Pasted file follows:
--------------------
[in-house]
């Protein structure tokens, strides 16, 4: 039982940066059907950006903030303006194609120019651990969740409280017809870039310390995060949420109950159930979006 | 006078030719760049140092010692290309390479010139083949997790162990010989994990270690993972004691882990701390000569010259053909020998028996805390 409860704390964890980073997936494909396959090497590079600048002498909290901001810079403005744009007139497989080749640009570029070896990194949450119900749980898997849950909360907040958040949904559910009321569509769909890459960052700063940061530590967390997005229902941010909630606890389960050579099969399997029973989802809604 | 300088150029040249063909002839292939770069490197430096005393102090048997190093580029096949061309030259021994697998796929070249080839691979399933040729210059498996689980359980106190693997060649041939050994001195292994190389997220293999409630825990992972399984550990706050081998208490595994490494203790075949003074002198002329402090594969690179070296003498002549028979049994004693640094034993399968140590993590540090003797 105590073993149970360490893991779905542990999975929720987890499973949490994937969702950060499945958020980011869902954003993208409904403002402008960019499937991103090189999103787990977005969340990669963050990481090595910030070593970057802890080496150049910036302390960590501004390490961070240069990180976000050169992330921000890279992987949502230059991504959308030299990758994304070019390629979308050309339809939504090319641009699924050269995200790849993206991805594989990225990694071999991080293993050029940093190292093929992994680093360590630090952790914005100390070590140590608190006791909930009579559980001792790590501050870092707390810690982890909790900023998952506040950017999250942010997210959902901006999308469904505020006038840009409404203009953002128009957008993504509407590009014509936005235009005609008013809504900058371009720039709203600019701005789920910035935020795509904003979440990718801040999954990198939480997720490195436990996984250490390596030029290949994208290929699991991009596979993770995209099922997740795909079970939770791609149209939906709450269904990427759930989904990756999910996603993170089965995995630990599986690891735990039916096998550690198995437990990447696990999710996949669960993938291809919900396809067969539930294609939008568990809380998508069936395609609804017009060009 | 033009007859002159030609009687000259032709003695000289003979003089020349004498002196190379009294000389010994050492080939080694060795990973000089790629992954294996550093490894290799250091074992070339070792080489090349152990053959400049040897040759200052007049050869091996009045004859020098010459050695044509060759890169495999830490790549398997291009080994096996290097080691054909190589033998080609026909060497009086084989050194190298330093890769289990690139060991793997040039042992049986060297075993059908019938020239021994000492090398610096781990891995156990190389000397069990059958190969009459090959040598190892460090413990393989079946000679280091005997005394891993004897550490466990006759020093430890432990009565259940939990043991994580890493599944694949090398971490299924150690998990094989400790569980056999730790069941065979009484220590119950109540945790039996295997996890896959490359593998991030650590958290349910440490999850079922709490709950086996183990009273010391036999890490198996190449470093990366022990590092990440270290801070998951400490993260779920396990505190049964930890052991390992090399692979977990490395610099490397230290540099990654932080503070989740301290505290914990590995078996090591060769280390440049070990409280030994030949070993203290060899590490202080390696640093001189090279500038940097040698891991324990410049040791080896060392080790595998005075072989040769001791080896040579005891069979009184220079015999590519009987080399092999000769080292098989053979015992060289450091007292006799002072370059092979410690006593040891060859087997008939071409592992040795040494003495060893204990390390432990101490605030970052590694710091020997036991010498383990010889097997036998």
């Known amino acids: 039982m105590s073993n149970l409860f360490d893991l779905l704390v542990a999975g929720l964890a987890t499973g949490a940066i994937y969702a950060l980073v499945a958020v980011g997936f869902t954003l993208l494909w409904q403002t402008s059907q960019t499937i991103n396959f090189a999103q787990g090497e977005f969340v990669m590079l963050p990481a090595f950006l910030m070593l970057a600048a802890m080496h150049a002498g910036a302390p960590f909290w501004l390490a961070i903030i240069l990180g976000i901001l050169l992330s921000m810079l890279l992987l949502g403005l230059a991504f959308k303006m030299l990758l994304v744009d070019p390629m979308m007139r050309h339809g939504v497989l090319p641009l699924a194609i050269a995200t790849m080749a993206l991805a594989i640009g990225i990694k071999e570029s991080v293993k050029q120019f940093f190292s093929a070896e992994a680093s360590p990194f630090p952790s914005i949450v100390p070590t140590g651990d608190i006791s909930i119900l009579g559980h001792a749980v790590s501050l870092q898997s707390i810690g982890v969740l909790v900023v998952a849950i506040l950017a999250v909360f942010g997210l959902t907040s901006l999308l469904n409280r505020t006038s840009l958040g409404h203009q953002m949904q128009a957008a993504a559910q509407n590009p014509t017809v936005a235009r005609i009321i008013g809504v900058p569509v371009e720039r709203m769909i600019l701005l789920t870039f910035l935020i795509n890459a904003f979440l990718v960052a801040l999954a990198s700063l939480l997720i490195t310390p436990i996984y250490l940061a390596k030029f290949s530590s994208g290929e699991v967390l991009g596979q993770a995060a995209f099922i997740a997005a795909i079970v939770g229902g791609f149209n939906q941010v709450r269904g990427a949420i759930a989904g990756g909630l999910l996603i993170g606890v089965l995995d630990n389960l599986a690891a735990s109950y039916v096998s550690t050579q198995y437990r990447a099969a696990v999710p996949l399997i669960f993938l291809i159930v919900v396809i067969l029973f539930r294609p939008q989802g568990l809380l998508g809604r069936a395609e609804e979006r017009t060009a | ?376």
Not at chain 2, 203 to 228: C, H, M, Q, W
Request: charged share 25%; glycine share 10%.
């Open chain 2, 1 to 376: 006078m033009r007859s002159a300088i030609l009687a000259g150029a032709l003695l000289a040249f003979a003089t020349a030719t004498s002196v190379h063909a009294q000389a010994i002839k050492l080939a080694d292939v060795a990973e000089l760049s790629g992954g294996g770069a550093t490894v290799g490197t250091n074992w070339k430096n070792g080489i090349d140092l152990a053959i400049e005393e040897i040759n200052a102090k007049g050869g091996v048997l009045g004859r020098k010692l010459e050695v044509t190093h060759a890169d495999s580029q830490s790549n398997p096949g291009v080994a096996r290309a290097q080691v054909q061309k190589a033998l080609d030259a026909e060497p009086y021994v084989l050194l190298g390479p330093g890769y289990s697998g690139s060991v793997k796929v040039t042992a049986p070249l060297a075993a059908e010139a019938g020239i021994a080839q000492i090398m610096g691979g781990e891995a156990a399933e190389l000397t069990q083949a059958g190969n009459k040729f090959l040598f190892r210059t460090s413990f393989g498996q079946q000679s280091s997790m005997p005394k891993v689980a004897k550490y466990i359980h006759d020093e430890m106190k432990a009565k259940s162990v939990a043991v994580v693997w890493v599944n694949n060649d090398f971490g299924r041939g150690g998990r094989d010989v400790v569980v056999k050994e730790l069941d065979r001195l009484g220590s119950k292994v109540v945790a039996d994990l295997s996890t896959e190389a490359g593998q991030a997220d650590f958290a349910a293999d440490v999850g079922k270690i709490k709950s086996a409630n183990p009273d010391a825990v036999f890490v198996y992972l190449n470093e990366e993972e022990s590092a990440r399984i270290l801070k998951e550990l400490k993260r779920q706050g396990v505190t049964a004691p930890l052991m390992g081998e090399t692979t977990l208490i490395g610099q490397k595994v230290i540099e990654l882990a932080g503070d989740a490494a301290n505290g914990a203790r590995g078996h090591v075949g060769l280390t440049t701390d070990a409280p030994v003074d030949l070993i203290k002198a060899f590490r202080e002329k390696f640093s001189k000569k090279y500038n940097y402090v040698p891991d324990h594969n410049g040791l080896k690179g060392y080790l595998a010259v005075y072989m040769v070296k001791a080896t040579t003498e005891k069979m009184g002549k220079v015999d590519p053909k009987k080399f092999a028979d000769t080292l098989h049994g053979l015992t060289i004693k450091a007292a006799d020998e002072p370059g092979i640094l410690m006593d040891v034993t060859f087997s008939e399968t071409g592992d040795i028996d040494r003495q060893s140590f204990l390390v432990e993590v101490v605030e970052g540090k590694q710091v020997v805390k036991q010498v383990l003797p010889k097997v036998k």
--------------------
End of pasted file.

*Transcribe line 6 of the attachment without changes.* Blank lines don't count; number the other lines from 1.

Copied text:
């Open chain 2, 1 to 376: 006078m033009r007859s002159a300088i030609l009687a000259g150029a032709l003695l000289a040249f003979a003089t020349a030719t004498s002196v190379h063909a009294q000389a010994i002839k050492l080939a080694d292939v060795a990973e000089l760049s790629g992954g294996g770069a550093t490894v290799g490197t250091n074992w070339k430096n070792g080489i090349d140092l152990a053959i400049e005393e040897i040759n200052a102090k007049g050869g091996v048997l009045g004859r020098k010692l010459e050695v044509t190093h060759a890169d495999s580029q830490s790549n398997p096949g291009v080994a096996r290309a290097q080691v054909q061309k190589a033998l080609d030259a026909e060497p009086y021994v084989l050194l190298g390479p330093g890769y289990s697998g690139s060991v793997k796929v040039t042992a049986p070249l060297a075993a059908e010139a019938g020239i021994a080839q000492i090398m610096g691979g781990e891995a156990a399933e190389l000397t069990q083949a059958g190969n009459k040729f090959l040598f190892r210059t460090s413990f393989g498996q079946q000679s280091s997790m005997p005394k891993v689980a004897k550490y466990i359980h006759d020093e430890m106190k432990a009565k259940s162990v939990a043991v994580v693997w890493v599944n694949n060649d090398f971490g299924r041939g150690g998990r094989d010989v400790v569980v056999k050994e730790l069941d065979r001195l009484g220590s119950k292994v109540v945790a039996d994990l295997s996890t896959e190389a490359g593998q991030a997220d650590f958290a349910a293999d440490v999850g079922k270690i709490k709950s086996a409630n183990p009273d010391a825990v036999f890490v198996y992972l190449n470093e990366e993972e022990s590092a990440r399984i270290l801070k998951e550990l400490k993260r779920q706050g396990v505190t049964a004691p930890l052991m390992g081998e090399t692979t977990l208490i490395g610099q490397k595994v230290i540099e990654l882990a932080g503070d989740a490494a301290n505290g914990a203790r590995g078996h090591v075949g060769l280390t440049t701390d070990a409280p030994v003074d030949l070993i203290k002198a060899f590490r202080e002329k390696f640093s001189k000569k090279y500038n940097y402090v040698p891991d324990h594969n410049g040791l080896k690179g060392y080790l595998a010259v005075y072989m040769v070296k001791a080896t040579t003498e005891k069979m009184g002549k220079v015999d590519p053909k009987k080399f092999a028979d000769t080292l098989h049994g053979l015992t060289i004693k450091a007292a006799d020998e002072p370059g092979i640094l410690m006593d040891v034993t060859f087997s008939e399968t071409g592992d040795i028996d040494r003495q060893s140590f204990l390390v432990e993590v101490v605030e970052g540090k590694q710091v020997v805390k036991q010498v383990l003797p010889k097997v036998k």